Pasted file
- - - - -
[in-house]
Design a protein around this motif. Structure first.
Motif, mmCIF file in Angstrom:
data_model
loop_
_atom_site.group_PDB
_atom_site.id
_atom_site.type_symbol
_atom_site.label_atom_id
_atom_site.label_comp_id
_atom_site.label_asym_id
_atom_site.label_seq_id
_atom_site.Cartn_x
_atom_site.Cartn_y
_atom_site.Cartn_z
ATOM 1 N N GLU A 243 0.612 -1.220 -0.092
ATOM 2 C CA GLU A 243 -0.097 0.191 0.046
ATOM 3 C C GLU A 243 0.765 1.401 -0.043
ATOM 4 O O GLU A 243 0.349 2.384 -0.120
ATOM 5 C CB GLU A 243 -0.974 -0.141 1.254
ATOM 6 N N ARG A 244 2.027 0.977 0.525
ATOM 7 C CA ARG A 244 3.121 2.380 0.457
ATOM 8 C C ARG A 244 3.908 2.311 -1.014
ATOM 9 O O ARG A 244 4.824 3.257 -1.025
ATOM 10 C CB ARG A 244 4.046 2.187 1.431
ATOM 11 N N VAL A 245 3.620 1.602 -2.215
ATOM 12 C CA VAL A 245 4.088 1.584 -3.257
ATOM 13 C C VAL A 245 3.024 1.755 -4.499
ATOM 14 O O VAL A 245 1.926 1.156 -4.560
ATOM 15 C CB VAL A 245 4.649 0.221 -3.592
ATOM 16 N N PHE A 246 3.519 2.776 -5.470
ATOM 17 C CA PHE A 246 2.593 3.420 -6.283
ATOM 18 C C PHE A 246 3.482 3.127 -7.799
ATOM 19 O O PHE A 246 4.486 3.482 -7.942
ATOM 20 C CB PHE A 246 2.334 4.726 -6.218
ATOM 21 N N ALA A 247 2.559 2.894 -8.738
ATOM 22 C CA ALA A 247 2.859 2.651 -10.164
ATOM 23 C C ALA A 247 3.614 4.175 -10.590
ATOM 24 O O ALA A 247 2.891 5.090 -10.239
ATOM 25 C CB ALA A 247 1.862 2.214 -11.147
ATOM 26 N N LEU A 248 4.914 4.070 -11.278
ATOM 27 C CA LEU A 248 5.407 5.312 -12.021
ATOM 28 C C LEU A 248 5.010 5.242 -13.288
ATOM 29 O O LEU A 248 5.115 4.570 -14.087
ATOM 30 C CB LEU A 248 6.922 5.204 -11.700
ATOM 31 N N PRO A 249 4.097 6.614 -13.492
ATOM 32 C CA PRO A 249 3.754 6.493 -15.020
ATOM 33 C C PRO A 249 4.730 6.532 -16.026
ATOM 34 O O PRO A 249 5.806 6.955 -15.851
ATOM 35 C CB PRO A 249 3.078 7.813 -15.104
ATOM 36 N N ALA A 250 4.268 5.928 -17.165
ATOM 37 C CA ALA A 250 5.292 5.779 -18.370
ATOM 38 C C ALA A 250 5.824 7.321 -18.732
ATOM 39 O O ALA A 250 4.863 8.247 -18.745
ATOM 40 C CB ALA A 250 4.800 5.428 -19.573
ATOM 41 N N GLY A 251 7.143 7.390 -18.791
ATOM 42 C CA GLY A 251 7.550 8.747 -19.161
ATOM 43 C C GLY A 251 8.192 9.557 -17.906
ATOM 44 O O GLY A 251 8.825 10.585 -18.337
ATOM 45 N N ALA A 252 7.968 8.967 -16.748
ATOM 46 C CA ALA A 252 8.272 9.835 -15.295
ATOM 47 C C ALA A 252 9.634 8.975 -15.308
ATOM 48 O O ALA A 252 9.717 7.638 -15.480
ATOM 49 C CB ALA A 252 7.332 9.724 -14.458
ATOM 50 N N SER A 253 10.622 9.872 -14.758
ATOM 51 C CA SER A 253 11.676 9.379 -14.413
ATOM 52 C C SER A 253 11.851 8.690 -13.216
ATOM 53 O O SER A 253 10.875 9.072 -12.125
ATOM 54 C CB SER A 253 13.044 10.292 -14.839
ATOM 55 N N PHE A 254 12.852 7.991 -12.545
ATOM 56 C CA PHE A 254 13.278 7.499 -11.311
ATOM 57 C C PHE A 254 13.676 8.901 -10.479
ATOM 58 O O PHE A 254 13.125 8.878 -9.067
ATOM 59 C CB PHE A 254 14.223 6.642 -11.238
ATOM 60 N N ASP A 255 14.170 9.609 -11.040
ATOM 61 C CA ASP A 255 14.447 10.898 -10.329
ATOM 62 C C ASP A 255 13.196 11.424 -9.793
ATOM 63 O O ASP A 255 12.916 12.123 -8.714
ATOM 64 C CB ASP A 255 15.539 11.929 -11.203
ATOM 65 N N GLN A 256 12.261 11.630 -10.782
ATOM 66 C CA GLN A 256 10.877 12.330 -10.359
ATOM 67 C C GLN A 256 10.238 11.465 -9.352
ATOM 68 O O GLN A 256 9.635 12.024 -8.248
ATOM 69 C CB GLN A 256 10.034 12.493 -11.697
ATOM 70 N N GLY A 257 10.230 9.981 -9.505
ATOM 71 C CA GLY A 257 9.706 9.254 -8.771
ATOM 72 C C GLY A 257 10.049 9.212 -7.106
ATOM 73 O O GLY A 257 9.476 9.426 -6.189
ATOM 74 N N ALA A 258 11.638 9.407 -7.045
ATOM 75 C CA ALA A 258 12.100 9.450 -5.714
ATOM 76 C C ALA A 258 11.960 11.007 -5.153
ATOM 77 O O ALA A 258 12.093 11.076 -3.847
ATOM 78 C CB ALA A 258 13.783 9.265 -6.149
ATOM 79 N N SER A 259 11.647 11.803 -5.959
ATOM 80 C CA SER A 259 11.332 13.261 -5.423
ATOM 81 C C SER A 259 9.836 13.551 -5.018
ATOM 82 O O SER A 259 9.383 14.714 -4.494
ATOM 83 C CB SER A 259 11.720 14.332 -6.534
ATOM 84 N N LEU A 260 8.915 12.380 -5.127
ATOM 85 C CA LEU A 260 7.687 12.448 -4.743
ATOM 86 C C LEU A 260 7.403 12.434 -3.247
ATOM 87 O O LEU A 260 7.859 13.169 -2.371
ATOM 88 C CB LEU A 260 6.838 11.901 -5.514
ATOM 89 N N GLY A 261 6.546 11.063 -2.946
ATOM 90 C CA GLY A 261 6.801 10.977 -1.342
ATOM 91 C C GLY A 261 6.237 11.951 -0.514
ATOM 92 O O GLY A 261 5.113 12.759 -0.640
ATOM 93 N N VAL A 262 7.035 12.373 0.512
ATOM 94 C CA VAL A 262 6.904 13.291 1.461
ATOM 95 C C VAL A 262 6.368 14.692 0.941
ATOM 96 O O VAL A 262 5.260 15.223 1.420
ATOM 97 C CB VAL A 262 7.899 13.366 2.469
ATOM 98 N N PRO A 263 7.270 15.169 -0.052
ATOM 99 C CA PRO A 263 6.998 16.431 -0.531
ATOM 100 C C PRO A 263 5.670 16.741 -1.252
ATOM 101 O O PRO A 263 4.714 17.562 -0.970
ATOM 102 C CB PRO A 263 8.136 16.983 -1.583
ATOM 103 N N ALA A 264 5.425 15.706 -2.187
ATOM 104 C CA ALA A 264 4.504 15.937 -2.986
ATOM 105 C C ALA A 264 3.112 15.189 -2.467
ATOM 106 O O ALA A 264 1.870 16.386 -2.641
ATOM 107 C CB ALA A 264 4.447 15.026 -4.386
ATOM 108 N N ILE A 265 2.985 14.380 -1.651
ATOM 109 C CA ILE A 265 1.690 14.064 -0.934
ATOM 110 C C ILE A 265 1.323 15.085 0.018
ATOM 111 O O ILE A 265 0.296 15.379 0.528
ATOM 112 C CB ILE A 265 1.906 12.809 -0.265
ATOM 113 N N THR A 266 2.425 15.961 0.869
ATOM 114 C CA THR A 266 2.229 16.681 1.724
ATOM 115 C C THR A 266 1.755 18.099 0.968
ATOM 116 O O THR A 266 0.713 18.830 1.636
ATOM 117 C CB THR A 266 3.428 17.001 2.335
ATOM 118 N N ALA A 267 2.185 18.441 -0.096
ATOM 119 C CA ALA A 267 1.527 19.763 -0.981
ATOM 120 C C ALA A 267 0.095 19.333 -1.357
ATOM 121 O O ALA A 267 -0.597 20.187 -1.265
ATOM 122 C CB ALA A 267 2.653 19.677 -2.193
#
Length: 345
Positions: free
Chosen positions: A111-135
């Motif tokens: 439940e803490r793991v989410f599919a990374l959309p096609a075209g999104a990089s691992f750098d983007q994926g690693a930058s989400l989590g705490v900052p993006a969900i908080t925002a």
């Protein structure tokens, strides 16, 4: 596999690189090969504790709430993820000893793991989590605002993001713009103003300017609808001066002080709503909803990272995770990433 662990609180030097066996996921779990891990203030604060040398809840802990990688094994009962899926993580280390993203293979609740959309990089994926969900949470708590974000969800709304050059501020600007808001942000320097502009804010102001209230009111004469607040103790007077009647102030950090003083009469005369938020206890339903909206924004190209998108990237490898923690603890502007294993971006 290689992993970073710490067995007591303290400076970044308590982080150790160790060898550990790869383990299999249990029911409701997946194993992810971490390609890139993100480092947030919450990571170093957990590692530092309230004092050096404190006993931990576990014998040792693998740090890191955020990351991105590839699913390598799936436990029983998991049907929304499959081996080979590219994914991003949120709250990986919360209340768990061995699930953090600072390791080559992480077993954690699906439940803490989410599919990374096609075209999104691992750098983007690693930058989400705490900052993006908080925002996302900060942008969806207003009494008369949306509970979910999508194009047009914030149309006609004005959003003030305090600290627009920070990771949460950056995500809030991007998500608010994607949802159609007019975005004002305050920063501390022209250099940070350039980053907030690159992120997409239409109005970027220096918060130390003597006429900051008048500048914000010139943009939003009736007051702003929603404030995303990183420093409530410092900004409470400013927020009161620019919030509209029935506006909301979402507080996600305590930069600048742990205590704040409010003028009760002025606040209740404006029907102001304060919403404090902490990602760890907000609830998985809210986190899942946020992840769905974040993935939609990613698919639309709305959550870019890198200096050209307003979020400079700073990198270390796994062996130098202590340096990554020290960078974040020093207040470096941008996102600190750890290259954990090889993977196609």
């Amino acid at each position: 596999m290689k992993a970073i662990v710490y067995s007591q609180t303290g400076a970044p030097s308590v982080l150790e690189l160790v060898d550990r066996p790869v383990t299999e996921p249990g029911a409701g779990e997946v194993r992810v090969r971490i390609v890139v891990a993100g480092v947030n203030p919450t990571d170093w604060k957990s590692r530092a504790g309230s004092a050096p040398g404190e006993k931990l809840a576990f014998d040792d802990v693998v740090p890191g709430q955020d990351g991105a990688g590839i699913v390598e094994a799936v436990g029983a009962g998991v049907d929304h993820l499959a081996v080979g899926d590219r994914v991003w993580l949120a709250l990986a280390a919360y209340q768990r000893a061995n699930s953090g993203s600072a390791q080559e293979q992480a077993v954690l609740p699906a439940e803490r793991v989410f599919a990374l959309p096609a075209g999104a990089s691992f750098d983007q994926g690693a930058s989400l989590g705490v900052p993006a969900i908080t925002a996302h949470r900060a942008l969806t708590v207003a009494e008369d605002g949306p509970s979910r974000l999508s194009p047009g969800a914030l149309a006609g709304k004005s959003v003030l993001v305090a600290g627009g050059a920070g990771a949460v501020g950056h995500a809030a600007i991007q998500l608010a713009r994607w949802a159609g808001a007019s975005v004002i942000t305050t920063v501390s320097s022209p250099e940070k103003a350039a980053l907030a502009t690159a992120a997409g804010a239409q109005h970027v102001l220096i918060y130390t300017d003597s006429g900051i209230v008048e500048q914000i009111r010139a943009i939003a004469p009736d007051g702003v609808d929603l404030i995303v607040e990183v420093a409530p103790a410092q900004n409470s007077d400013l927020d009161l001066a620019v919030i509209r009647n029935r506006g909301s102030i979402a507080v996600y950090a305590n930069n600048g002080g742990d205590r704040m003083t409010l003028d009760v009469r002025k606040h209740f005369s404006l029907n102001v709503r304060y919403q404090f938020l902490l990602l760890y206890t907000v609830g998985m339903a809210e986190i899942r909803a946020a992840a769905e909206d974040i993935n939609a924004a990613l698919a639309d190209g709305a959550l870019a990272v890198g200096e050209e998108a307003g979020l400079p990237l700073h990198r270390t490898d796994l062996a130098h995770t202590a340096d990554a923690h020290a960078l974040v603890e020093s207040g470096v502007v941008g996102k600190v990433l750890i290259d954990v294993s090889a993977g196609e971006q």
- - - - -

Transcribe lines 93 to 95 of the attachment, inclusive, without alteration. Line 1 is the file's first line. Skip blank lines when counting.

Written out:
ATOM 78 C CB ALA A 258 13.783 9.265 -6.149
ATOM 79 N N SER A 259 11.647 11.803 -5.959
ATOM 80 C CA SER A 259 11.332 13.261 -5.423